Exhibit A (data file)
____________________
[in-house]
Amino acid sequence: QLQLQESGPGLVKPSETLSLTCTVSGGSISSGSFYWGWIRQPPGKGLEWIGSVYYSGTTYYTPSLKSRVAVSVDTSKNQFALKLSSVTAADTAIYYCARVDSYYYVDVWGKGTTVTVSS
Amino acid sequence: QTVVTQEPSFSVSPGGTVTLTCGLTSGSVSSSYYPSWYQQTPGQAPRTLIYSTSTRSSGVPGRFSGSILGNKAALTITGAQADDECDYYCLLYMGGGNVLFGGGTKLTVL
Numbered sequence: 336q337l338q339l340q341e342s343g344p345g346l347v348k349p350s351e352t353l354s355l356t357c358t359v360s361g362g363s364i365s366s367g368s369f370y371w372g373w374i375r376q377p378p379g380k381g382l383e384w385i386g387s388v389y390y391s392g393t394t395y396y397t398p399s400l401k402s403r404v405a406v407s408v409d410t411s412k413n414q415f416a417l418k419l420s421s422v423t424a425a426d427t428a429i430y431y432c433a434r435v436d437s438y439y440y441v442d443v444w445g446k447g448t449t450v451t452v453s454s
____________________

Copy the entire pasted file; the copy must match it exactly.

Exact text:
[in-house]
Amino acid sequence: QLQLQESGPGLVKPSETLSLTCTVSGGSISSGSFYWGWIRQPPGKGLEWIGSVYYSGTTYYTPSLKSRVAVSVDTSKNQFALKLSSVTAADTAIYYCARVDSYYYVDVWGKGTTVTVSS
Amino acid sequence: QTVVTQEPSFSVSPGGTVTLTCGLTSGSVSSSYYPSWYQQTPGQAPRTLIYSTSTRSSGVPGRFSGSILGNKAALTITGAQADDECDYYCLLYMGGGNVLFGGGTKLTVL
Numbered sequence: 336q337l338q339l340q341e342s343g344p345g346l347v348k349p350s351e352t353l354s355l356t357c358t359v360s361g362g363s364i365s366s367g368s369f370y371w372g373w374i375r376q377p378p379g380k381g382l383e384w385i386g387s388v389y390y391s392g393t394t395y396y397t398p399s400l401k402s403r404v405a406v407s408v409d410t411s412k413n414q415f416a417l418k419l420s421s422v423t424a425a426d427t428a429i430y431y432c433a434r435v436d437s438y439y440y441v442d443v444w445g446k447g448t449t450v451t452v453s454s